The new report, “DHS Grants Used for Mitigating Risks to Amtrak Rail Stations” from the Department of Homeland Security (DHS) Office of the Inspector General is a reminder of our rail system’s vulnerability to attack. While the report criticizes DHS’s oversight of rail security spending, the more important issue is that our rail and mass transportation systems continue to remain vulnerable.

Terrorists (Al Qaeda and others) have focused on rail attacks at a much higher rate than attacks on airlines. Yet, spending for aviation security far outpaces that for mass transit security. The United States has had numerous plots and unsuccessful attempts on our mass transit systems, and we are lucky to have avoided tragedy thus far. The rest of the world hasn’t been as lucky: Madrid in 2004 (191 dead/ 1800 injured); London in 2005 (52 dead/ 700 injured); Mumbai in 2006 (209 dead/ 700 injured); and Moscow in 2010 (40 dead/ 100 injured).

What’s less known is that globally, there are about 90 terrorist attacks per month on surface transport, with a third of those targets being trains. According to the Mineta Transportation Institute, since 9/11, over 1,700 attacks on trains/subways/buses have killed over 3,700 people.

As of 2007, 9 billion trips were made per year using all forms of public transportation; that’s 32 million trips per workday, more than 16 times the number of air travellers. Yet, for every $50 TSA spends on airline security, only $1 is spent on surface transport security. Though there has been a 24 percent increase in the TSA budget allocation to surface transport vulnerability to patch it up quickly, it doesn’t come close to addressing the vulnerabilities. In these troubled budget times, particularly in light of the recent debt ceiling crisis and the commitment to cut expenditures, it is difficult to advocate an increase in spending. However, shifting priorities and reallocating resources isn’t an answer either, because we are a long way from addressing the security needs of all the nation’s critical infrastructure. In short, Congress needs to keep focused on our domestic security and invest more resources into protecting the American homeland and our mass transit systems, which are vital to the economic stability of this country.

  • Frankieo

    Where is Ted Alves and the Amtrak OIG why didn’t they discover this mess and report it because they are in bed with Boardman and Carper!!!!!!investigate the Amtrak OIG and why they were sleeping!!!!!!!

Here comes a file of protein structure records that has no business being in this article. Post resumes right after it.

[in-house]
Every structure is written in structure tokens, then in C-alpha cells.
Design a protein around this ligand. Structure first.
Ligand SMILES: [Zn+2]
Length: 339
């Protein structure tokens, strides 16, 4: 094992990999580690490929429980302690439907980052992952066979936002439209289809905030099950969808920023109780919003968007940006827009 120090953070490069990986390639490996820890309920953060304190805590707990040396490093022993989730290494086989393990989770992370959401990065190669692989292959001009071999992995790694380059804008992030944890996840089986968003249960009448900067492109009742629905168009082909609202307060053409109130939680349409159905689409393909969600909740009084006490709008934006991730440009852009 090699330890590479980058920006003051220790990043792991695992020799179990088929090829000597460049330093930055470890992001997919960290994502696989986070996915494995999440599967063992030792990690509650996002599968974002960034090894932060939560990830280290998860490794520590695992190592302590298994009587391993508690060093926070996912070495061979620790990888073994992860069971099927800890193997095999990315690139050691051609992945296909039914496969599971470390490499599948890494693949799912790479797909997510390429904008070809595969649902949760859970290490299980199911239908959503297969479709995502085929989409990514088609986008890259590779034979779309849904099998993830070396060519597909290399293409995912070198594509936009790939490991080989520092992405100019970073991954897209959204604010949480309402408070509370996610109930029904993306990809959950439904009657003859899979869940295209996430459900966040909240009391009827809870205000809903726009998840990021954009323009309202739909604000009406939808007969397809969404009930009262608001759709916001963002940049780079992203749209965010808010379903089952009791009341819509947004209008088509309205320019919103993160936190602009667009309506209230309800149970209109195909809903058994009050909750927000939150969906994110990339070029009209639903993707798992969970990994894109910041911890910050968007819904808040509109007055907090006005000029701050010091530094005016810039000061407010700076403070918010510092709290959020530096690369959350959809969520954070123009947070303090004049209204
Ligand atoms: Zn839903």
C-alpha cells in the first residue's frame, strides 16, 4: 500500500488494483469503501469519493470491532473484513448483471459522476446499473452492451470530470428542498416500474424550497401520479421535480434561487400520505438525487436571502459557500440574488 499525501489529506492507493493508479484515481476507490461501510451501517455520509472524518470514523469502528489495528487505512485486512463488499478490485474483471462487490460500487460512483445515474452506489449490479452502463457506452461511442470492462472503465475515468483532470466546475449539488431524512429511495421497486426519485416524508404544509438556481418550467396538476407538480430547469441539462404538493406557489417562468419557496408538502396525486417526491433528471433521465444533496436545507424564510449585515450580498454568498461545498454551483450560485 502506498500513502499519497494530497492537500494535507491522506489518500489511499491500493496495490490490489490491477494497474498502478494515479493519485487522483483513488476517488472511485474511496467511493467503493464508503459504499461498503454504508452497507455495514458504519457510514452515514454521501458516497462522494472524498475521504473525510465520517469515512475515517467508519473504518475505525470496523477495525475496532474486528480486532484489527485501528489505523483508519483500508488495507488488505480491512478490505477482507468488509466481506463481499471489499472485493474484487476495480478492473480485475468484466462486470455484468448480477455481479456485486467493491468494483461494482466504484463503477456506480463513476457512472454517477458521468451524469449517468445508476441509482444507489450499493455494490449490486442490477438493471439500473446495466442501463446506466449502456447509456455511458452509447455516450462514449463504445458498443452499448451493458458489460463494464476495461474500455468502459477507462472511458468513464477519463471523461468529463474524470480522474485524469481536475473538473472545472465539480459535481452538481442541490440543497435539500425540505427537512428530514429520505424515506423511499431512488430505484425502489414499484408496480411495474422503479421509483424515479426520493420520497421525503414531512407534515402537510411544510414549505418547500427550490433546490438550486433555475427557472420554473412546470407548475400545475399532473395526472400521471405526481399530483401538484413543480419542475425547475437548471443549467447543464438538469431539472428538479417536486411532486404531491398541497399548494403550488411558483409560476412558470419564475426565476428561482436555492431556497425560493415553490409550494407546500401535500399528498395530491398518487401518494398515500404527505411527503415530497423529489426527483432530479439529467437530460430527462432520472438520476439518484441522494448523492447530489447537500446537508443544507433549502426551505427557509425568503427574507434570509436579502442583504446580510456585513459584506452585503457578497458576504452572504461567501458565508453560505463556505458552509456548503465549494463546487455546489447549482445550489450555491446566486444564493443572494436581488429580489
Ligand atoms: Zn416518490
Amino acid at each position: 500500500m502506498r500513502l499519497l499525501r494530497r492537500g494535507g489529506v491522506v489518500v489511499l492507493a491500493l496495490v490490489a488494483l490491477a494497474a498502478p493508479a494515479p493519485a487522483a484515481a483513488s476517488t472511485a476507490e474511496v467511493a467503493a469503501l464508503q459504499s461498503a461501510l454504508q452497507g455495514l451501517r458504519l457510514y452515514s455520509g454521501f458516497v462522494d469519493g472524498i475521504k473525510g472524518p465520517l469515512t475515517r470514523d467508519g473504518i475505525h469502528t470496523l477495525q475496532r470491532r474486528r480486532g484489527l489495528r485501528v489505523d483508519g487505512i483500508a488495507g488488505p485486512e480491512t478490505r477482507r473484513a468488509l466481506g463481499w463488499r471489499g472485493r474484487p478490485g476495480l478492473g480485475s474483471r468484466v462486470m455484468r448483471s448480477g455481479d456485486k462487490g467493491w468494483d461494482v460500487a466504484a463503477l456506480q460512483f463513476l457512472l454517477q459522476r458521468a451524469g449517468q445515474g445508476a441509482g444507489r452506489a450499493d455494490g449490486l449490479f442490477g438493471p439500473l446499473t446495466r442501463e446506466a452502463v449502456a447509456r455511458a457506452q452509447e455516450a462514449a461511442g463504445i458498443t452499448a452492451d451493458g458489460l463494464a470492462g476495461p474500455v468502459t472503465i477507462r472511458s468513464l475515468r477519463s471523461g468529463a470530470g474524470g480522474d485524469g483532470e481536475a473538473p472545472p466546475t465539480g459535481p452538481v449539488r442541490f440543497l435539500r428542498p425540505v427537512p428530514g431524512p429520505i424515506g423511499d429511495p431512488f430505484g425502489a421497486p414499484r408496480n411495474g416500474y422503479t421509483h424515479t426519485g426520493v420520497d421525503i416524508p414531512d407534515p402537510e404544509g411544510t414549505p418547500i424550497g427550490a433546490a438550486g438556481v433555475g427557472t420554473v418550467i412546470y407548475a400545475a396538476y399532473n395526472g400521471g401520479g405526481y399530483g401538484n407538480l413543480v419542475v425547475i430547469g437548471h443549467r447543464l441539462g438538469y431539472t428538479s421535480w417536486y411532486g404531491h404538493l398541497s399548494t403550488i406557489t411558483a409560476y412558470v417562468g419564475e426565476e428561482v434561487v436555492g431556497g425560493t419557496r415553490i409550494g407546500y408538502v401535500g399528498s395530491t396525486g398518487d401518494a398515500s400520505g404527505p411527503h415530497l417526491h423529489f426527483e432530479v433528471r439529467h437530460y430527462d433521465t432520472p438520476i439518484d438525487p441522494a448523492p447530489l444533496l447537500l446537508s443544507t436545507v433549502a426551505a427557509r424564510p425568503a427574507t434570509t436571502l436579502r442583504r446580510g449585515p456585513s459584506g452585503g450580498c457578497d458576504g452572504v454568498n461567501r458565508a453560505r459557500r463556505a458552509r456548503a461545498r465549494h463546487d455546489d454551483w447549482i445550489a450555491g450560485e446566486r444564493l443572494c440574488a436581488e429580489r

• Watson

      Yeah what about the Amtrak OIG where were they on this issue


        who is ted alves

  • Tommyboy

    When Weiderhold was there this would not have happened they fired Ronney and Weiderhold and then spent the money they got for Amtrak on nothing muffin projects instead of protecting the USA Rail.  Wow someone should investigate the Amtrak IG Ted Alves for being asleep at the wheel.

    • Billm

      who is ted alves

  • What kind of security are we talking about? If it’s screening and pat downs, you’re going to decimate what little rail ridership there is.

  • Steve

    Yes, by all means, let’s have more Security Theater.  Let’s spend more millions and billions on inconveniencing passengers and hassling innocent brown people in the name of “security.”

    Shorter Liscouski: send me more of your taxpayer dollars.

  • Tommyboy

    ted alves is the amtrak inspector general

  • Tommyboy

    ted alves is the spinless fraction of a man afraid of losing his retired tit job

  • Tommyboy

    this is who ted alves is:
    Amtrak’s Inspector General

    Theodore (Ted) AlvesTheodore (Ted) Alves was appointed Amtrak’s Inspector General in November 2009. Mr. Alves was the Deputy Inspector General at the U.S. Department of Transportation (DOT) when he retired in January 2009 after 35 years of Federal service. DOT is the federal agency responsible for achieving a safe, efficient, and effective transportation system that enhances the quality of life of the American people. As the Deputy Inspector General, Mr. Alves was responsible for providing executive level leadership and direction of all Office of Inspector General (OIG) audits and investigations as well as overseeing operational support activities such as human resource, information technology, accounting and budgeting, and procurement activities for the OIG.He served the DOT OIG for over eight years in several executive positions, including Principal Assistant Inspector General for Audits and Evaluations, Assistant Inspector General for Financial and Information Technology Audits, and Assistant Inspector General for Surface Infrastructure Audits.Before joining DOT, Mr. Alves led the Financial Management Audits Branch at the Federal Emergency Management Agency (FEMA). He was responsible for overseeing financial statement, financial management, and information technology audits. Prior to joining FEMA, Mr. Alves spent 4 years as the Director of Information Technology and Special Audits at the U.S. Agency for International Development and 22 years with the U.S. Government Accountability Office. Mr. Alves was born in Medford, Massachusetts and has a bachelor’s degree in Management from Northeastern University, in Boston. He is a Certified Inspector General and a Certified Government Financial Manager. He is also a member of the Association of Inspectors’ General, the Association of Government Accountants, and the Institute of Internal Auditors.